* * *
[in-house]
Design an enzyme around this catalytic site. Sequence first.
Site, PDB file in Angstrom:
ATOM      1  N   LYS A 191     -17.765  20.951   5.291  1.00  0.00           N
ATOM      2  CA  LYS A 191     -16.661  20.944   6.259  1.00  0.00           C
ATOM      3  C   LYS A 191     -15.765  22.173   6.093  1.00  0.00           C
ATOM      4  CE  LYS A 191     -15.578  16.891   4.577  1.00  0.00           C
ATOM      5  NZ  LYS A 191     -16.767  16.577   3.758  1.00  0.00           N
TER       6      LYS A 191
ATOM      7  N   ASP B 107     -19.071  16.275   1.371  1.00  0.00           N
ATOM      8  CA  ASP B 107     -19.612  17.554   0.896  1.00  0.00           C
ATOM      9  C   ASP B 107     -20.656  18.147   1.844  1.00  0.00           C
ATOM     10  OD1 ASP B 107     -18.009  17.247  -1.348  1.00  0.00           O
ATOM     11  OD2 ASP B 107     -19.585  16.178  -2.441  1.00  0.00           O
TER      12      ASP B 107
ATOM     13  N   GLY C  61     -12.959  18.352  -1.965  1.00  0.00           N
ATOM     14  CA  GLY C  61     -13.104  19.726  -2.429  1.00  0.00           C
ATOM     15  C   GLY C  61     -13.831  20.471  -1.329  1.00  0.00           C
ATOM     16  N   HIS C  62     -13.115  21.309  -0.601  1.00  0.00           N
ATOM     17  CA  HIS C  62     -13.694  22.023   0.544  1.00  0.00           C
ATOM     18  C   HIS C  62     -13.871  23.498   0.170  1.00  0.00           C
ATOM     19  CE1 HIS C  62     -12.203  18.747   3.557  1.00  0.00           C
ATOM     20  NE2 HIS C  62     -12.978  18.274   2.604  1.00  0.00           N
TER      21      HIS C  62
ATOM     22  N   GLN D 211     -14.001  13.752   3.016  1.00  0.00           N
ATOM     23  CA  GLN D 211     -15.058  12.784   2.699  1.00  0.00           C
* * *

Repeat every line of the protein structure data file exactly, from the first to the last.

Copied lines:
[in-house]
Design an enzyme around this catalytic site. Sequence first.
Site, PDB file in Angstrom:
ATOM      1  N   LYS A 191     -17.765  20.951   5.291  1.00  0.00           N
ATOM      2  CA  LYS A 191     -16.661  20.944   6.259  1.00  0.00           C
ATOM      3  C   LYS A 191     -15.765  22.173   6.093  1.00  0.00           C
ATOM      4  CE  LYS A 191     -15.578  16.891   4.577  1.00  0.00           C
ATOM      5  NZ  LYS A 191     -16.767  16.577   3.758  1.00  0.00           N
TER       6      LYS A 191
ATOM      7  N   ASP B 107     -19.071  16.275   1.371  1.00  0.00           N
ATOM      8  CA  ASP B 107     -19.612  17.554   0.896  1.00  0.00           C
ATOM      9  C   ASP B 107     -20.656  18.147   1.844  1.00  0.00           C
ATOM     10  OD1 ASP B 107     -18.009  17.247  -1.348  1.00  0.00           O
ATOM     11  OD2 ASP B 107     -19.585  16.178  -2.441  1.00  0.00           O
TER      12      ASP B 107
ATOM     13  N   GLY C  61     -12.959  18.352  -1.965  1.00  0.00           N
ATOM     14  CA  GLY C  61     -13.104  19.726  -2.429  1.00  0.00           C
ATOM     15  C   GLY C  61     -13.831  20.471  -1.329  1.00  0.00           C
ATOM     16  N   HIS C  62     -13.115  21.309  -0.601  1.00  0.00           N
ATOM     17  CA  HIS C  62     -13.694  22.023   0.544  1.00  0.00           C
ATOM     18  C   HIS C  62     -13.871  23.498   0.170  1.00  0.00           C
ATOM     19  CE1 HIS C  62     -12.203  18.747   3.557  1.00  0.00           C
ATOM     20  NE2 HIS C  62     -12.978  18.274   2.604  1.00  0.00           N
TER      21      HIS C  62
ATOM     22  N   GLN D 211     -14.001  13.752   3.016  1.00  0.00           N
ATOM     23  CA  GLN D 211     -15.058  12.784   2.699  1.00  0.00           C